[Haskell-cafe] Re: Re: Re[2]: Wikipedia on first-class object

Miguel Mitrofanov miguelimo38 at yandex.ru
Sat Dec 29 15:11:25 EST 2007

I'm sure you're at least half-joking, but I'll try to answer you  

> the same true for thinking. it's you who believe that people are smart
> by itself but computers are smart only in the bounds they programmed
> by people. you may believe that human wisdom is created by the Creator
> (or Natural Selection, if you believe in Science Religion) or,
> opposite, you may believe that computers are smart creatures

That's not about belief. That's about choosing the right model.

When I deal with computers, I need some model to predict their  
behaviour. The model which states that both computer and software  
it's running is very suitable. It allows me to know what to expect  
from the computer. Moreover, when my expectations fail, it allows me  
- by following the programmer's thoughts - to localize this failure  
and work around it. Of course, it doesn't predict everything - when I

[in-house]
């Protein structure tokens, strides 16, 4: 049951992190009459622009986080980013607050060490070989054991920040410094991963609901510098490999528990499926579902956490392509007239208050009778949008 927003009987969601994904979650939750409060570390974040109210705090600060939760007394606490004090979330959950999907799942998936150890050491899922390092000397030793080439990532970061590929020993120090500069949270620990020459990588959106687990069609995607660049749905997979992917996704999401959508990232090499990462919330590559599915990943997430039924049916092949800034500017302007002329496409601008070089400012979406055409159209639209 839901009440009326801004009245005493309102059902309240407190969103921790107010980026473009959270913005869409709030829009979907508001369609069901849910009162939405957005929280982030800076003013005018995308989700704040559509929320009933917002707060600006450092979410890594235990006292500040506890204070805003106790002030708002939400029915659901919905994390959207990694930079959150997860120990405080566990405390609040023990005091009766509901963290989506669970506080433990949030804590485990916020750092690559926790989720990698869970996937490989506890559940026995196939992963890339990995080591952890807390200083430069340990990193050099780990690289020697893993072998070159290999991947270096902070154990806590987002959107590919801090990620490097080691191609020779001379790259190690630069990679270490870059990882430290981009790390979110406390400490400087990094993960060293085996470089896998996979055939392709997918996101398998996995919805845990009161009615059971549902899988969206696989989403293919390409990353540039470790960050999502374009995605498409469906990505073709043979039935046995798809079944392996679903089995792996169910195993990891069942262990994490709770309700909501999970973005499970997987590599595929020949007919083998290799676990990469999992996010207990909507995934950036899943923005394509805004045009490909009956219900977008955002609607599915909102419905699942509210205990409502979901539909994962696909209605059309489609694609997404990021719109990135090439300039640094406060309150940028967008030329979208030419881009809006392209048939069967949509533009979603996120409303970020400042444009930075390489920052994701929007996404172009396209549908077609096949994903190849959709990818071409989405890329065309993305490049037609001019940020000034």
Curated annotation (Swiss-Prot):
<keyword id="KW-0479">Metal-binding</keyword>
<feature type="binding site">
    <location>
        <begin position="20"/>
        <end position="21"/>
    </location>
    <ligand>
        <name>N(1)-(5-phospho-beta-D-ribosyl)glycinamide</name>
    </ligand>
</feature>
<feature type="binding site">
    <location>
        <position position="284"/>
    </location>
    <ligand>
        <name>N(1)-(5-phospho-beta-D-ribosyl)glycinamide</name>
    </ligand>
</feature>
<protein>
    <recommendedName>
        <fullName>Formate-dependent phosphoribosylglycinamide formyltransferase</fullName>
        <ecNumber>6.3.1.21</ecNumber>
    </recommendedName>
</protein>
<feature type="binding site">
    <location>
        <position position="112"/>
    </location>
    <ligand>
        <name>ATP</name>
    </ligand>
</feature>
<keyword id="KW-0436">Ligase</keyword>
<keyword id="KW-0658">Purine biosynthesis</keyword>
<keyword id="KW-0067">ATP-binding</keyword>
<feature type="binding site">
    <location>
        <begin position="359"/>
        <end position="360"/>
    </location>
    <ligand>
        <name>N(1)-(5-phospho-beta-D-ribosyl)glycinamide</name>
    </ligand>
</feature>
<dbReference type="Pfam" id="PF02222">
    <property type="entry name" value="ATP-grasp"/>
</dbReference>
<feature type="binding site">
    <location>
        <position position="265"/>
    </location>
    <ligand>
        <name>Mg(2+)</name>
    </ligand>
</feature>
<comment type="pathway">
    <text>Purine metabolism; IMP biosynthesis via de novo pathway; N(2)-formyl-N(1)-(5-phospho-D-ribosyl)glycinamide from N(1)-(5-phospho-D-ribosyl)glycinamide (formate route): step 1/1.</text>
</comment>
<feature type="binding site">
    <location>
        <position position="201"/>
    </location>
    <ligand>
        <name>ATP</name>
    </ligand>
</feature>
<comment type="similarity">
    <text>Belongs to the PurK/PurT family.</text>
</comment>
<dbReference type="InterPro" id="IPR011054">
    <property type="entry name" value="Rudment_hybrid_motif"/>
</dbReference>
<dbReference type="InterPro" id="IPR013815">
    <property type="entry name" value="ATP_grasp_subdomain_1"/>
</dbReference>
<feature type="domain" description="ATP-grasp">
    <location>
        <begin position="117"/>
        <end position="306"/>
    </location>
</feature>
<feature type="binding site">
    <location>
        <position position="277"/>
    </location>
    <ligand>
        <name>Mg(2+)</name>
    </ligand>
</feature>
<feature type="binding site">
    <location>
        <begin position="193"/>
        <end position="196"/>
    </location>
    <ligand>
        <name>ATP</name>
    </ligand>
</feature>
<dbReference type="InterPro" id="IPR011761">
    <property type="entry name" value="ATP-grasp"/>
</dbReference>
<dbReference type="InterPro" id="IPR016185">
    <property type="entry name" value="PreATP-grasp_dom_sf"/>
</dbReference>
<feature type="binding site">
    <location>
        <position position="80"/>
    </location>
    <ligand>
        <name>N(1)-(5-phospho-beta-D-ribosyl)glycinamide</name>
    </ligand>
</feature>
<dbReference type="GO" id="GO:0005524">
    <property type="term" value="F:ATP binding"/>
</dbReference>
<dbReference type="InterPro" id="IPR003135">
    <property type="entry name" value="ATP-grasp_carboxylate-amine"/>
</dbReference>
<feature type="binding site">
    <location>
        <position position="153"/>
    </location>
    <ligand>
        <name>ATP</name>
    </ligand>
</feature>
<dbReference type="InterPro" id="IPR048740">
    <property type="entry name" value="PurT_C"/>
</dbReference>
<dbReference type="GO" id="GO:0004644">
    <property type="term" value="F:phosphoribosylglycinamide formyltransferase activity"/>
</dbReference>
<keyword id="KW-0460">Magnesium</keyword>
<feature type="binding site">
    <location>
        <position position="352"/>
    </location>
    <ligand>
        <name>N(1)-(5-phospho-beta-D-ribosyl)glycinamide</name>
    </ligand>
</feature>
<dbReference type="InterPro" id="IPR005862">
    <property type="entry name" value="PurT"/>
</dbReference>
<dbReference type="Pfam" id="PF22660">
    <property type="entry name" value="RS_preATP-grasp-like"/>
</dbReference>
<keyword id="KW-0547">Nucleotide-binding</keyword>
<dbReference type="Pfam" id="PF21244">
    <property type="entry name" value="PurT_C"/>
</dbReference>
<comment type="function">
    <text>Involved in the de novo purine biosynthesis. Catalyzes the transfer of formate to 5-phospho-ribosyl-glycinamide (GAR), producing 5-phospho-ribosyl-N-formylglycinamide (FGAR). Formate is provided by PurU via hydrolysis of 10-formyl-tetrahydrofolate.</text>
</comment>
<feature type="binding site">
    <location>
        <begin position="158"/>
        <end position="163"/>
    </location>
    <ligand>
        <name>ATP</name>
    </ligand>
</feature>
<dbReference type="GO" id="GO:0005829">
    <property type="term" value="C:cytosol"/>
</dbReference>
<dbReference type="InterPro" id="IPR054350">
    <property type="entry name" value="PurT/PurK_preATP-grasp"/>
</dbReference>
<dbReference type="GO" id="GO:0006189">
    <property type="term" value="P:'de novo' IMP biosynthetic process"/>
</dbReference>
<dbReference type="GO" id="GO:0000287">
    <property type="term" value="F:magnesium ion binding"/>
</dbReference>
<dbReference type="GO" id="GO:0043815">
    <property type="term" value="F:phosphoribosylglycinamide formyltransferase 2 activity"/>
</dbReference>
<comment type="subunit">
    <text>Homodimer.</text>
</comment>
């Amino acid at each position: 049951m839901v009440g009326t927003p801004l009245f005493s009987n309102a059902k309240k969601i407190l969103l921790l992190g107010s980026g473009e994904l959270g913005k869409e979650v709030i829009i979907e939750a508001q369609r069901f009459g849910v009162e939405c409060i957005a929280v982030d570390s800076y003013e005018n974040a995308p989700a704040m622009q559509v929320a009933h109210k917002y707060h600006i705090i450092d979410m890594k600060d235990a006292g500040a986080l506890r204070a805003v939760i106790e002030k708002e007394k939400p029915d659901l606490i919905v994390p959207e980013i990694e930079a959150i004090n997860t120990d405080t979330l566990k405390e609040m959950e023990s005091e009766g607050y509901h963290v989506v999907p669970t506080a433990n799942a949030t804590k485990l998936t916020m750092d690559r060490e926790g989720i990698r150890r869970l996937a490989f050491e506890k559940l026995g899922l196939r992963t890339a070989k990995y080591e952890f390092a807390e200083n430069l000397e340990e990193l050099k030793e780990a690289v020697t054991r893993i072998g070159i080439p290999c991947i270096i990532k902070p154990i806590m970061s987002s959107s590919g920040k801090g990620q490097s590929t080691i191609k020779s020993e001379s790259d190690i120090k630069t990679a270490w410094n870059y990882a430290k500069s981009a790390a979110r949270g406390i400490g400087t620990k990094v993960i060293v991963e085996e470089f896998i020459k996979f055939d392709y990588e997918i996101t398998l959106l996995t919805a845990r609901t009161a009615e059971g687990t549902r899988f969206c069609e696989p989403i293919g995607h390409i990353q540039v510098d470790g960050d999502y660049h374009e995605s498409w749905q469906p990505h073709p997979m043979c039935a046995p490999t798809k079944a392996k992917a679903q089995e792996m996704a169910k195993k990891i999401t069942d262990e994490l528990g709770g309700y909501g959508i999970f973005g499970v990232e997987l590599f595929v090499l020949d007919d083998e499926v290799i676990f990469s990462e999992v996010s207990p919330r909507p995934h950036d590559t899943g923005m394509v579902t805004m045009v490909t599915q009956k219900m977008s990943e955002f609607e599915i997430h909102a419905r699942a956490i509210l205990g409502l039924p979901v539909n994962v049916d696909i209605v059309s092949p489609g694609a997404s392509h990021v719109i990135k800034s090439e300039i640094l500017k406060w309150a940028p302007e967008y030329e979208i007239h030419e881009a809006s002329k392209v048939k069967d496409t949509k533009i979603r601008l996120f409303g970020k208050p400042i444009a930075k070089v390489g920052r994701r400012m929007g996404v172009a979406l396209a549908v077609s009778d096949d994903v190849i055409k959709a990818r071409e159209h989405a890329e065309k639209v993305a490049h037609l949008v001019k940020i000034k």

was working on Windows, it was even more unpredictable than my  
present computer - but it gives good results.

On the other hand, there is no such model for humans. Well, it's  
quite possible we just haven't find it - or, possibly, were  
programmed by Creator or Flying Spaghetti Monster or whoever else to  
find it - but it's totally irrelevant. As far as the only model to  
describe and - for some extent - predict the behaviour of human  
beings is the one stating that humans have free will - we should use  
this model and don't really bother about Creators or Flying Spaghetti  
Monsters etc. Of course, we should continue looking for such theory  
(it would simplify everything a lot if find it), but that doesn't  
mean we ALL should study human psychology or sociology or whatever.

> where is the real difference? ;)

The real difference is something we normally don't bother ourselves.  
We don't need to know if, say, electron really exists, but we need a  
theory to tell us how to work with electricity. We don't need to know  
if germs really exist, but we need a theory that tells us to  
pasteurize milk. Etc.

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